Pristina (AFP) - Kosovo marked a sombre seventh anniversary of independence from Serbia Tuesday with Prime Minister Isa Mustafa urging citizens not to quit the mainly ethnic Albanian territory as it grapples with a deep economic malaise.
"People have no reason to leave Kosovo, they have a reason to stay," he told lawmakers.
"The future of Kosovo and its citizens will be brighter and more prosperous," Mustafa said at a special parliamentary session, calling for action against unemployment, poverty, corruption and organised crime.
An economic crisis has over the past few months triggered a mass exodus of tens of thousands of impoverished ethnic Albanians in search of a better life in EU countries.
More than 20,000 people have left Kosovo so far this year, according to officials from the main destinations of Hungary, Austria and Germany.
Apart from a reception by President Atifete Jahjaga for foreign diplomats and local officials, the parliamentary session was the only official event planned to celebrate the territory's unilateral breakaway from Belgrade in 2008.
Not a single Kosovo flag was flying on the main street in Pristina.
But despite the economic gloom and freezing temperatures, around a thousand people gathered at the main promenade to mark the occasion, some waving small flags.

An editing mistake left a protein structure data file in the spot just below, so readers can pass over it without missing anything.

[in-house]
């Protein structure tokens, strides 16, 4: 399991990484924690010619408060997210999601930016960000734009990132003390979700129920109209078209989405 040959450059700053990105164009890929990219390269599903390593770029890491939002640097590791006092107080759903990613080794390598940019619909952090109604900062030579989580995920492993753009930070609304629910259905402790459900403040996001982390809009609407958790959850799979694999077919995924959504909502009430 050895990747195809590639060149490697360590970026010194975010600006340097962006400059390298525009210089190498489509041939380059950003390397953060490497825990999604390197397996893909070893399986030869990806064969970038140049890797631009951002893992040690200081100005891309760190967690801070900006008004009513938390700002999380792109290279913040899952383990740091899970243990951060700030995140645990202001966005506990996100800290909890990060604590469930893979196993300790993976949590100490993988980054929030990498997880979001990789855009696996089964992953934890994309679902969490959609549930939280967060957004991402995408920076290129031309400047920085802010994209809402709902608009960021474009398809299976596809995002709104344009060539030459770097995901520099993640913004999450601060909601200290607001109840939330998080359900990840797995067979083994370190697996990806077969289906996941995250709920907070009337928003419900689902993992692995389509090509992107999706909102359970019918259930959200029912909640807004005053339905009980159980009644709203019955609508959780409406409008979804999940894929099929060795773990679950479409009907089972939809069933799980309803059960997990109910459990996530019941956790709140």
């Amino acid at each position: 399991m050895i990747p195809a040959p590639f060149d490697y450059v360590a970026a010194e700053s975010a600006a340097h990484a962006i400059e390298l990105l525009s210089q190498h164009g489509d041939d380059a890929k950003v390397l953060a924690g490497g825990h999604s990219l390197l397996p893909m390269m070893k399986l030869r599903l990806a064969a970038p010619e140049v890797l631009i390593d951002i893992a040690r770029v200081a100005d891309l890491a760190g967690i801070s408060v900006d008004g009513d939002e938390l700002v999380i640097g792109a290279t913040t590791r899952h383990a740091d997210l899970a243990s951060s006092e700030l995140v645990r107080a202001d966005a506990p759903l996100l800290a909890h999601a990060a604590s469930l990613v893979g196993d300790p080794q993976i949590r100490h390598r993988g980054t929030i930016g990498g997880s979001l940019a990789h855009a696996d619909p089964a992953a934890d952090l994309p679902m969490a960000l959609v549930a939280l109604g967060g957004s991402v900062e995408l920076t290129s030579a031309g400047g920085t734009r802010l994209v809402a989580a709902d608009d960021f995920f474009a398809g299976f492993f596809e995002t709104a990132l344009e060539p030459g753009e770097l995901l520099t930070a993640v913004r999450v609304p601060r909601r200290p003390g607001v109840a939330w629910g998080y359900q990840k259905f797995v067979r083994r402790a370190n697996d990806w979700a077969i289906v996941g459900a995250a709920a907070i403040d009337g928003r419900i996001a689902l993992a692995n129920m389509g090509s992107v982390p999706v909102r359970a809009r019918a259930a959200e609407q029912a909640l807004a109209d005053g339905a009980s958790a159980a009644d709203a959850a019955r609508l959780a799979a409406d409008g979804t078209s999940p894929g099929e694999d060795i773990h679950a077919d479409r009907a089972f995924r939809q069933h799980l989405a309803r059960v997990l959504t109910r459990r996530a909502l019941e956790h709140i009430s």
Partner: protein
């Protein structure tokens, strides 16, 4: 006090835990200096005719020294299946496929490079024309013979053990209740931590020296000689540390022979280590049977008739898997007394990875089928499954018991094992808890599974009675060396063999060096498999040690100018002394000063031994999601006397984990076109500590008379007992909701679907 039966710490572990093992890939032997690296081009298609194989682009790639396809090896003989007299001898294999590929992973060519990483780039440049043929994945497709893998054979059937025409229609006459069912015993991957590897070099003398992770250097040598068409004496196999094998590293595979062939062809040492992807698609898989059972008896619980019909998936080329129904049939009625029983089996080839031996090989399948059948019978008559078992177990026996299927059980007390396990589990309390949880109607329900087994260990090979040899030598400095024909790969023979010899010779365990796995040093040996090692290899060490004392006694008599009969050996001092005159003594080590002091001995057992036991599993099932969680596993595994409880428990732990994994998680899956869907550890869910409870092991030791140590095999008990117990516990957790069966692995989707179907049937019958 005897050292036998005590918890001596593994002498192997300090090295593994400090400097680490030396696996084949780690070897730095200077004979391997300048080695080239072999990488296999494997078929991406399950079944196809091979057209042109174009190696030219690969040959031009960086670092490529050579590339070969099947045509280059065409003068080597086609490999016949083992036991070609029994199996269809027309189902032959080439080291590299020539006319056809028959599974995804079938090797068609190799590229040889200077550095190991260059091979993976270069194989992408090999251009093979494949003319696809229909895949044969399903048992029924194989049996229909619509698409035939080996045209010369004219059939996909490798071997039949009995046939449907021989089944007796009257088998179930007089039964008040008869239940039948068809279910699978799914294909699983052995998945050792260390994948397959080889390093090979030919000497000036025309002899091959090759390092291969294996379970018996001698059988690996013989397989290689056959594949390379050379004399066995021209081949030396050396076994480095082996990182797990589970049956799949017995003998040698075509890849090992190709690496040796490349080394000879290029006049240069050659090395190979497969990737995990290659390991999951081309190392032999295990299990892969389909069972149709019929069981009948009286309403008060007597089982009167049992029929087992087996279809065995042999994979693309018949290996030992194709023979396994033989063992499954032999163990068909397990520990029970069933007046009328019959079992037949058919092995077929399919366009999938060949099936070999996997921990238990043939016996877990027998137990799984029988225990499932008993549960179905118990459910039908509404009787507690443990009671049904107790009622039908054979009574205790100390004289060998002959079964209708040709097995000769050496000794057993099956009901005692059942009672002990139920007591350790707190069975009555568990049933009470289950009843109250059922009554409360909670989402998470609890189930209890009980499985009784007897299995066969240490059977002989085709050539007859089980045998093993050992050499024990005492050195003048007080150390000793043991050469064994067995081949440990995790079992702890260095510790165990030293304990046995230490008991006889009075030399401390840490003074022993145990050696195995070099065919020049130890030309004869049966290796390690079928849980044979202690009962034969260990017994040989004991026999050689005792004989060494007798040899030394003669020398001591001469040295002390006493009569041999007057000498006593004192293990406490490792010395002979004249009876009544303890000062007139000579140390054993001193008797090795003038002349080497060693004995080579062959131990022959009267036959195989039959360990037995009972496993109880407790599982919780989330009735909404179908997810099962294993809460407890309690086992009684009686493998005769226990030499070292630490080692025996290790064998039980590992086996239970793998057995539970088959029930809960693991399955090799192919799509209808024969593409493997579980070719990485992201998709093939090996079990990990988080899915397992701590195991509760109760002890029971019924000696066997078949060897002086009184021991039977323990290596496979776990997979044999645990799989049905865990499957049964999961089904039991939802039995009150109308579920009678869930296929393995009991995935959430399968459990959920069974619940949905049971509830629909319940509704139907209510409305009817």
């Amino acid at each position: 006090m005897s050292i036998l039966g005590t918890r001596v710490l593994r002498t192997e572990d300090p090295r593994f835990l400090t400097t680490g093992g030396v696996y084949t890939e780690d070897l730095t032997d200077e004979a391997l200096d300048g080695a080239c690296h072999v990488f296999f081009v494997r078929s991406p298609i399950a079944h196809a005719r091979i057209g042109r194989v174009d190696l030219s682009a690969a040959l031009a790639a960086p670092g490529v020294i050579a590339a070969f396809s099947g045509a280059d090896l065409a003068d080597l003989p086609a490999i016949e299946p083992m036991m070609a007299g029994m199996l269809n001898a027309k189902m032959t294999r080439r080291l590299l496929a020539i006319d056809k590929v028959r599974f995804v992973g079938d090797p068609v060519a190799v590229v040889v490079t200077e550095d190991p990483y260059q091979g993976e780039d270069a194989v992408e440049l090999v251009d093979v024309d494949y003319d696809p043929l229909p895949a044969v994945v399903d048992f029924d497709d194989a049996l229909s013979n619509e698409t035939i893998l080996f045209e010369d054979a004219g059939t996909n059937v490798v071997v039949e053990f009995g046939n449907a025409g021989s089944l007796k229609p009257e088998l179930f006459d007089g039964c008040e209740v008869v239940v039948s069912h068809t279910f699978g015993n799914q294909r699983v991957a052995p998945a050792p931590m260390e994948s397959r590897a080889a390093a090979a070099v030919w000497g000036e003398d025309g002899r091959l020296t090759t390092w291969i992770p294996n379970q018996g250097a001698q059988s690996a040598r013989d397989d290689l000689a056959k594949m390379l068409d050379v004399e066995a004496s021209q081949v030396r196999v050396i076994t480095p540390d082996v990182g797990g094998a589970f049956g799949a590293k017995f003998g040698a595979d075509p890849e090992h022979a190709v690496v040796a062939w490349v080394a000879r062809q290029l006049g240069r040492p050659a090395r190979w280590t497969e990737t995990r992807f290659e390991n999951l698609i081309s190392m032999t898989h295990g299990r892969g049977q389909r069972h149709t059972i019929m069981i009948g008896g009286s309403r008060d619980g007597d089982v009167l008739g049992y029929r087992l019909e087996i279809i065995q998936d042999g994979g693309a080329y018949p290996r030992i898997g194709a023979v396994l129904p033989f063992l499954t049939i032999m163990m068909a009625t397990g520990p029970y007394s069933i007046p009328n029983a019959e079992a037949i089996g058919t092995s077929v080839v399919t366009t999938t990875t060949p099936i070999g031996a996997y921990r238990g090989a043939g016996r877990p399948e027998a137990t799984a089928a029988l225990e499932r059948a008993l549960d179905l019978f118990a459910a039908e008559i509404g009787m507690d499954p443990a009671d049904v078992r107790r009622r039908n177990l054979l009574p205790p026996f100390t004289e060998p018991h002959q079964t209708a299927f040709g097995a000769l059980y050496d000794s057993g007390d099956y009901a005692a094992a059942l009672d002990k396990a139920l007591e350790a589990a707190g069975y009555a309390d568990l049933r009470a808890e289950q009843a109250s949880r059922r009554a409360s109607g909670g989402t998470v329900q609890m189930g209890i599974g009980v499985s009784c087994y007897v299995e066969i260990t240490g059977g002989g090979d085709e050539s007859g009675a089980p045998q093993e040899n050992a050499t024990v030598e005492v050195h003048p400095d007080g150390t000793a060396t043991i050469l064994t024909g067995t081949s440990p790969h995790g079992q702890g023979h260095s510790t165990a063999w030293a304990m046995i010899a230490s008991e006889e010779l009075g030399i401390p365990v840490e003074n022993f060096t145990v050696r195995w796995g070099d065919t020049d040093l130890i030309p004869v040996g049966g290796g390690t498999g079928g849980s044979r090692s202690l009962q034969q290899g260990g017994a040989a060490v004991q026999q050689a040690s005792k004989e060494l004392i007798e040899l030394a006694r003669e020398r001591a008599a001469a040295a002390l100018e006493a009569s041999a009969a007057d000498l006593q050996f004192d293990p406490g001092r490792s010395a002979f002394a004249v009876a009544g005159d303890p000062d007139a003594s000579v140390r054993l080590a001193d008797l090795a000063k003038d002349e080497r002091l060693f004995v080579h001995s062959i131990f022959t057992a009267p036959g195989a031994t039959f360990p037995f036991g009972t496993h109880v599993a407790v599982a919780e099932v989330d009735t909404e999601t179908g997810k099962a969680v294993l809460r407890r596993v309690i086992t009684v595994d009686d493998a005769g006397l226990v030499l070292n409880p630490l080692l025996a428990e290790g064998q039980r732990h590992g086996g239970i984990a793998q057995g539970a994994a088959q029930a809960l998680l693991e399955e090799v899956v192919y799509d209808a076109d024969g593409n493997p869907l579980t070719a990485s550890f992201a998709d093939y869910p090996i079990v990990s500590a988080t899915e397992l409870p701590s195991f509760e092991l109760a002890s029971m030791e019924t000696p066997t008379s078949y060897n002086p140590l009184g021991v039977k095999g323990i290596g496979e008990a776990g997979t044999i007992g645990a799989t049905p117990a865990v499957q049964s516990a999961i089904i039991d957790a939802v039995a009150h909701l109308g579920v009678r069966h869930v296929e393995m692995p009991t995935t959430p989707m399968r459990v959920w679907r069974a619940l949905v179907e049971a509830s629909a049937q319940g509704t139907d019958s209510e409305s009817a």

Selim Kastrati, clutching the hand of his six-year-old grandson, was one of them.
"If it was just for me I would not have left my house today, but I had to come for my grandson," the 67-year-old pensioner told AFP. "I hope he will see better days in his country."
In the past, Kosovo independence anniversaries have been celebrated with military parades attracting thousands of people.
But government spokesman Arban Abrashi told reporters that events this year should be "modest" because of the challenges facing the impoverished territory.
A third of Kosovo's population of around 1.8 million is jobless and about 40 percent live in dire poverty.
"There are no reasons for glorification on the anniversary, we need to bow our heads and start working," the head of the Kosovo Chamber of Commerce, Safet Gerxhaliu, told AFP.
"The political agenda has dominated much more while economic development has been ignored."
More than 100 countries, including the United States and most of the EU's 28 member states, have recognised Kosovo's independence.
Serbia still refuses to recognise the move, but Pristina and Belgrade normalised ties in 2013 under an EU-brokered deal.
Following the 1998-99 war between Serbian forces and ethnic Albanian guerrillas, a NATO bombing campaign forced Serbian troops to withdraw from Kosovo and cede control of the territory.